One only has to look at CNBC or CNN to see these apocalyptic "Countdown to the Fiscal Cliff" timelines that pretty much distort the picture.  What should have been a simple re-adjustment of fiscal goals in light of economic conditions has suddenly turned into a giant proverbial partisan volleyball game, with the President and Democratic Senate pitted against the Republican-filled house, lobbing the ball of public opinion into the others' corner.  Last night's dramatic finish saw the Senate passed an emergency set of laws to sort of delay the fiscal cliff and soften the landing should they go over. There wasn't much anyone could do except sit close to their T.V and pray that Speaker Boehner would cut the brinkmanship and actually work towards avoiding plunging the United States into what could be a long and protracted recession, and an extended period of slow growth that could put a cap on the economy for years.  But the vital thing to keep in mind here is that this whole circus is a MANUFACTURED crisis, and really is only a a question because of the partisan bickering of both houses in the wonderful Bicameral system the United States has been blessed with.  What should have been a simple fiscal decision to stagger spending cuts and lower taxes has been hijacked by ideology and a certain pledge named after the always charming Grover Norquist.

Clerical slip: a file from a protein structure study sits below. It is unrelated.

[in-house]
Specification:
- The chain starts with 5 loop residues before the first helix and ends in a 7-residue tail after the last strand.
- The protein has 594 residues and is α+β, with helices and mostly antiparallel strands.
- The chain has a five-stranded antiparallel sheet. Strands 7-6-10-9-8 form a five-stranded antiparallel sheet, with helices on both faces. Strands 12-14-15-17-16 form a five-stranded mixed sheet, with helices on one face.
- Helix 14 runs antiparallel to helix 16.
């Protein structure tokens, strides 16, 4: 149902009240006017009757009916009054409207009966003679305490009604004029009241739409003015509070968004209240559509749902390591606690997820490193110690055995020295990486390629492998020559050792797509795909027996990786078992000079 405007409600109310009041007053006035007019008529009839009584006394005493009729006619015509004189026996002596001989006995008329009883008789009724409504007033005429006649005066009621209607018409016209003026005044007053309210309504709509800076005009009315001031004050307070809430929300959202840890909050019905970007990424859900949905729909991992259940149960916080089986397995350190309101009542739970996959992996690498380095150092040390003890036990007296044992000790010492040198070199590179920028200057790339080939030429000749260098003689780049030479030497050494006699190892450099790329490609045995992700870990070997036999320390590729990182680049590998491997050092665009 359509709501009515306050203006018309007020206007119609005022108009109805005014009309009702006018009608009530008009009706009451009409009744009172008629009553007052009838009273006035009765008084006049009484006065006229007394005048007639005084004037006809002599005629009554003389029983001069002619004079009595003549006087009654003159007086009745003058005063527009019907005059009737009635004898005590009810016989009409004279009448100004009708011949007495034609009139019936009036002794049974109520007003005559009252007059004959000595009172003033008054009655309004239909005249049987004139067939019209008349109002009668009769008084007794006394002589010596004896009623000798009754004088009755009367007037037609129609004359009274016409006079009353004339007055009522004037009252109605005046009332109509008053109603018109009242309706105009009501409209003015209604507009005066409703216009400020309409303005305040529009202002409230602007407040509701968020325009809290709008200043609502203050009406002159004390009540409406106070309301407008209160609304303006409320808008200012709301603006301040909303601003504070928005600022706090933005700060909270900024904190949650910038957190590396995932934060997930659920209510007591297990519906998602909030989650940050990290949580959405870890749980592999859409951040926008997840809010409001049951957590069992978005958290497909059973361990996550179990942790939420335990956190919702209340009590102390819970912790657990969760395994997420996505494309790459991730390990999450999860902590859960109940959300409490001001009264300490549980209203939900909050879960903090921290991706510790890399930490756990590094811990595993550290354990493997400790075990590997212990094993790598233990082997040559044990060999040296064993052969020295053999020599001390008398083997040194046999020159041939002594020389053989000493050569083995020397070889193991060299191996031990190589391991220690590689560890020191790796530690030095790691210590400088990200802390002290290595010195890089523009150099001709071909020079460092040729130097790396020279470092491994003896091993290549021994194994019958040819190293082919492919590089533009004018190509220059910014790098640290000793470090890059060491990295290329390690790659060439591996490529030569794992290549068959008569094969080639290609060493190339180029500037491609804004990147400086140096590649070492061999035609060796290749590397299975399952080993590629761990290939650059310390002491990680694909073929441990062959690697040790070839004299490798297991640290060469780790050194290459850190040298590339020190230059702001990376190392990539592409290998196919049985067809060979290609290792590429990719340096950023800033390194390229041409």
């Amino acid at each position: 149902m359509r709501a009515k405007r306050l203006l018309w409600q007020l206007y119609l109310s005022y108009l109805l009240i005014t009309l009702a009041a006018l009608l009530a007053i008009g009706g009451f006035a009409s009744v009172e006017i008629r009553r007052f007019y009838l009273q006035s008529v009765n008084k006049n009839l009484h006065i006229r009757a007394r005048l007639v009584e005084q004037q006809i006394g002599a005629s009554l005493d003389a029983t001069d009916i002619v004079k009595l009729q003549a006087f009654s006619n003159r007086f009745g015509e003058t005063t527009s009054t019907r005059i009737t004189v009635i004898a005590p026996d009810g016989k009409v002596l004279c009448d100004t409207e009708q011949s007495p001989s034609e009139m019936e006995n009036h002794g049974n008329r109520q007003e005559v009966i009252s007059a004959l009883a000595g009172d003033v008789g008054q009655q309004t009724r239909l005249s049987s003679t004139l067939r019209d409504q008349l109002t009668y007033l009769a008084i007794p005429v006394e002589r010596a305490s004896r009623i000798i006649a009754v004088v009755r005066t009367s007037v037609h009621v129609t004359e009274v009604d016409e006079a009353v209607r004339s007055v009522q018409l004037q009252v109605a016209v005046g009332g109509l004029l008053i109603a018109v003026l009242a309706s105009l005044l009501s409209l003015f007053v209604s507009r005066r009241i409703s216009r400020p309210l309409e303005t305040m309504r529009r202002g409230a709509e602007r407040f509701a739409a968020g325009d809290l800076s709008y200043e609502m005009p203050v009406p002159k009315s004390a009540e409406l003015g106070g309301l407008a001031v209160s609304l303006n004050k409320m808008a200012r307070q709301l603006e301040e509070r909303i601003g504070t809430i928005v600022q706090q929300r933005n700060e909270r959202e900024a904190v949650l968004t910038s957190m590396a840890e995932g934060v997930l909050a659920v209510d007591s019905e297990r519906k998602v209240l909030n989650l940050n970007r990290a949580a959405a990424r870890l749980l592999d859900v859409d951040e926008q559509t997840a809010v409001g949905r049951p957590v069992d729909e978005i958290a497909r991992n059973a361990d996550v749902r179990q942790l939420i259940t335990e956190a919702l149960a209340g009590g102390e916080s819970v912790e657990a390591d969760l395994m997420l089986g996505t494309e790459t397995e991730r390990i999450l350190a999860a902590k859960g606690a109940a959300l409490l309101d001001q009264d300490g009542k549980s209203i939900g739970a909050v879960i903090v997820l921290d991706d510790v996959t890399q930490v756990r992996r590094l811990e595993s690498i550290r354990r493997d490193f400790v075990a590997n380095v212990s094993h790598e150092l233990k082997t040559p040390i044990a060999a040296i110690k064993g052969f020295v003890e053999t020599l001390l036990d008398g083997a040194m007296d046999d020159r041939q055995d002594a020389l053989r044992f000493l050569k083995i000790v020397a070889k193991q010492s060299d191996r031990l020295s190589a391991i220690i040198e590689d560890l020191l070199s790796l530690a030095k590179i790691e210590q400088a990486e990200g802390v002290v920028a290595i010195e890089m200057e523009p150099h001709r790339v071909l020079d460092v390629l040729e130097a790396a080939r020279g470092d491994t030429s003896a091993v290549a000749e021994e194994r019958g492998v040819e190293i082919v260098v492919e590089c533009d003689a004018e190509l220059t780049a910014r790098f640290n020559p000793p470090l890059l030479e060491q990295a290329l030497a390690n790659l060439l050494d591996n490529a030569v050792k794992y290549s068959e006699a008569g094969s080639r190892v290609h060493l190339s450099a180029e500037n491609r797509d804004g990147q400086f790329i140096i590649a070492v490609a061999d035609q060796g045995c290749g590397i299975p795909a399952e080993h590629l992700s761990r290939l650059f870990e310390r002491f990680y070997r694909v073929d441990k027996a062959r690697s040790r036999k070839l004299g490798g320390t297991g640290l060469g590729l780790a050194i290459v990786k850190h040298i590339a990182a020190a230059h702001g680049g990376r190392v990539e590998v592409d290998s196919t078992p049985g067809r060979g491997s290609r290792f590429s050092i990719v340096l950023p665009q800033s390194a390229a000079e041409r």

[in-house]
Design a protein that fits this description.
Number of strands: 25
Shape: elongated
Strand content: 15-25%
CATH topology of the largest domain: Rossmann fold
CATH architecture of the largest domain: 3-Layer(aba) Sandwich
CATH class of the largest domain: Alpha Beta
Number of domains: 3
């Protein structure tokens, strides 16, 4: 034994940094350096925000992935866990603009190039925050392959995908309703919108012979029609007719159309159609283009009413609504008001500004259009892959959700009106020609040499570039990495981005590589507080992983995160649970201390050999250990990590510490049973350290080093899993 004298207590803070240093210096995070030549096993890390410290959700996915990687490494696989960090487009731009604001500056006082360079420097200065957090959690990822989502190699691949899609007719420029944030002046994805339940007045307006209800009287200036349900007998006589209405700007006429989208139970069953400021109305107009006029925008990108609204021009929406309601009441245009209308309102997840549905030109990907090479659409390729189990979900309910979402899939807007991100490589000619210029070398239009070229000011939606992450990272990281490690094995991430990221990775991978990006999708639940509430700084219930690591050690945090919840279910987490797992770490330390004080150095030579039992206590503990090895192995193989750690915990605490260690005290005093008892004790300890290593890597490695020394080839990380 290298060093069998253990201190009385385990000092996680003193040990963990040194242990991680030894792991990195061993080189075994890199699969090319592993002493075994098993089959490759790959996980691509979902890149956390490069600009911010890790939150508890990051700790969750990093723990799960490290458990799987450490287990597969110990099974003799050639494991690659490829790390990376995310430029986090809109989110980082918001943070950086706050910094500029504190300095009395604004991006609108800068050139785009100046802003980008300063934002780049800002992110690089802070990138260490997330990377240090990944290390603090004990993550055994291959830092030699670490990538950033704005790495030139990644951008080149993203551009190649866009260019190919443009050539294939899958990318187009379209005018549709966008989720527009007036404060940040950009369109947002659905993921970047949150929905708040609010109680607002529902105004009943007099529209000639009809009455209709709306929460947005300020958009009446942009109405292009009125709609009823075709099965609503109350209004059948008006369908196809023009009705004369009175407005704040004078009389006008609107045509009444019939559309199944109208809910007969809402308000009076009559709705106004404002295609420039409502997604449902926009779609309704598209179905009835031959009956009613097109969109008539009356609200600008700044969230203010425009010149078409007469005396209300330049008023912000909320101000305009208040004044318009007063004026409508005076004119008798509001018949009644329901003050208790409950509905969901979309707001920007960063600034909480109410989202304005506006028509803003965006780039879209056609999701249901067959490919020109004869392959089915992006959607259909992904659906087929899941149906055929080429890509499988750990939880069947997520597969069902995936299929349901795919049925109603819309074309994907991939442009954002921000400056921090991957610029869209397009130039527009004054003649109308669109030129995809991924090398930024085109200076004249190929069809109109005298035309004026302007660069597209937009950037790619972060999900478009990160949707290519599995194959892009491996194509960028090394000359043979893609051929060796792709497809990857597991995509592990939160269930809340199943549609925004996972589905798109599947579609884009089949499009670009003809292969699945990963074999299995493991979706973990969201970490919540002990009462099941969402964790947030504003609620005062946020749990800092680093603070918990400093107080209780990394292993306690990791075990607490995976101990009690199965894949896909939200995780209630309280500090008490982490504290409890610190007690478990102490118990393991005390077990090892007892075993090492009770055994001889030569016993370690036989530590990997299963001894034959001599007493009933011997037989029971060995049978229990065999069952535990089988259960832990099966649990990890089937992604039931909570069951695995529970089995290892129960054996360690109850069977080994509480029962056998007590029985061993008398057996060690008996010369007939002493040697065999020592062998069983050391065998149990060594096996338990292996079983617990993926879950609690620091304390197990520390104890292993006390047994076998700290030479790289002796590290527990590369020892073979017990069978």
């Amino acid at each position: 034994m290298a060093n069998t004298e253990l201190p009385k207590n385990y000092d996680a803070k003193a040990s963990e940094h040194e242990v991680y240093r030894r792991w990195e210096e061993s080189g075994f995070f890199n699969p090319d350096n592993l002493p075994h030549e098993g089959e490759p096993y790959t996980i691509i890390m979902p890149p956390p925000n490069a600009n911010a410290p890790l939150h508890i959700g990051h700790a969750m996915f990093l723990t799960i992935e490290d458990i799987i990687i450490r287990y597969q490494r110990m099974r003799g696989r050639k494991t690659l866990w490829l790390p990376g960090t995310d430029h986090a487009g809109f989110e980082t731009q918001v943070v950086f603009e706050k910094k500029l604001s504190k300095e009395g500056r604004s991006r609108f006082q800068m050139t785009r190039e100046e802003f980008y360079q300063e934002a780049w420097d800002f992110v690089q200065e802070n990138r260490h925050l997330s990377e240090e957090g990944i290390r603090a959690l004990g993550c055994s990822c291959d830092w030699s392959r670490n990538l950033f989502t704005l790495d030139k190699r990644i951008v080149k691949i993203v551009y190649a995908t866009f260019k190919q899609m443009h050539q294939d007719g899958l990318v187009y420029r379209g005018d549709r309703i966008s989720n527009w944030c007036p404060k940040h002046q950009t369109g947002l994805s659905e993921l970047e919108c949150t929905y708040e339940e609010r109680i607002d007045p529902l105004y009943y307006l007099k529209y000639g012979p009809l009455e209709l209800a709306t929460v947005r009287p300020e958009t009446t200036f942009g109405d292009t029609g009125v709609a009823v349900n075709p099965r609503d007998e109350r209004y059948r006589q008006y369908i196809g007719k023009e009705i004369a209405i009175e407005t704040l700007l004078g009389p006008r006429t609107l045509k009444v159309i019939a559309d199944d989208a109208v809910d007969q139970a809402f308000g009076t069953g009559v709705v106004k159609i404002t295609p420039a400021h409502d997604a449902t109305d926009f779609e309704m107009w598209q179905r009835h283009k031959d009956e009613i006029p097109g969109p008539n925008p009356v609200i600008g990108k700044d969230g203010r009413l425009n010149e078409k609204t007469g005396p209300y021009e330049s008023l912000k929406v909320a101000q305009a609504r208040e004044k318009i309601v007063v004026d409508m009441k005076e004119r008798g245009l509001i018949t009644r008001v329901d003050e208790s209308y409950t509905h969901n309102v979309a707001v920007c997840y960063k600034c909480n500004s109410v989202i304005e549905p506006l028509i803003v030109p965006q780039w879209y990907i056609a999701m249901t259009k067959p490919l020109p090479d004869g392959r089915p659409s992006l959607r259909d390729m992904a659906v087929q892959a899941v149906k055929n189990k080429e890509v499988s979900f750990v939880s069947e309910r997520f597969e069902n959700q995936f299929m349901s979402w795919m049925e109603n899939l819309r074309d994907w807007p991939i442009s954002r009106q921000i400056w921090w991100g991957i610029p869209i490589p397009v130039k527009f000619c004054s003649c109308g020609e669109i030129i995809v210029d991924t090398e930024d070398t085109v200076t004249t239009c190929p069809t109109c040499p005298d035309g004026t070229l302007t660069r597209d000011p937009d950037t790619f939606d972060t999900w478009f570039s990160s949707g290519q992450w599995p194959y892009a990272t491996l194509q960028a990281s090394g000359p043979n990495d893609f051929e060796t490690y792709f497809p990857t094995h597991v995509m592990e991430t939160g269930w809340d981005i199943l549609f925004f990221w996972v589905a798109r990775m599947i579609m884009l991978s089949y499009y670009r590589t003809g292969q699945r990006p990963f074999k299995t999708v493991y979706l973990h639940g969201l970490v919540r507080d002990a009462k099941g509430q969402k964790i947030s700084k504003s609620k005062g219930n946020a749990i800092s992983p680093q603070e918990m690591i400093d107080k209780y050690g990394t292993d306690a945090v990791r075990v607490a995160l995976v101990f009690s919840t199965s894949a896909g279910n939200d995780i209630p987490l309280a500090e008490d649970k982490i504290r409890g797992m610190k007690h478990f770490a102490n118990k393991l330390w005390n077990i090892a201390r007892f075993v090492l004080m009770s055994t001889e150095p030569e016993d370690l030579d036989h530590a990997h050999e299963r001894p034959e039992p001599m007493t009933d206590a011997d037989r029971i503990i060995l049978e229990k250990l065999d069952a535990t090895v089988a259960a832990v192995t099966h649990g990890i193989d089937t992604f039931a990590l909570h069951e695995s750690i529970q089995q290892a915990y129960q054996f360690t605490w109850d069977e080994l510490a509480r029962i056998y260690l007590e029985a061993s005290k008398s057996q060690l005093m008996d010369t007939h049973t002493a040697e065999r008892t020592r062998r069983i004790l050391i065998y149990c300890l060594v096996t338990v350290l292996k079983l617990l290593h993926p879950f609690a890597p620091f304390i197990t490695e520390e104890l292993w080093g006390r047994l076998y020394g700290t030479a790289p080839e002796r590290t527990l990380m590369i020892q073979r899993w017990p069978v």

To understand the Fiscal cliff one must roughly understand the economy.  A rough but easy way to look at it would be to visualize the economy as a bucket, with taps injecting water, or economic activity into the economy, and drains, leaking economic activity out of it.  The "injections" would basically include investments, exports, consumer spending and the golden ticket in our case, government spending.  On the flip side, there's savings, imports, and the other key word, taxes.  In biology they teach you about an ecosystem's "carrying capacity", or just how much a population it can hold.  Well the economy works in a similar way.  There's an equilibrium where economic growth is sustainable and that is where fiscal and monetary policy combined come together to strive for this equilibrium.  The "Fiscal Cliff"  has the potential to be a destabilizing force in the economy because now government injections in the economy because what it would've done was hiked taxes, "draining" more economic activity, and lowered government "injections" into the economy moving the economy below the desired equilibrium.  But in economics everything is related, and  this would have the effect of curtailing business investment as profits are squeezed which would spin-off into other business sectors that rely on corporate investment which would cause layoffs reducing consumer spending as purchasing power declines, etc.  As you can see, the ripple effect could have serious effect on the economy that Ben Bernanke and the Fed would be pretty much useless to try and stop, considering the huge balance sheet it's accumulated through previous stimulus measures.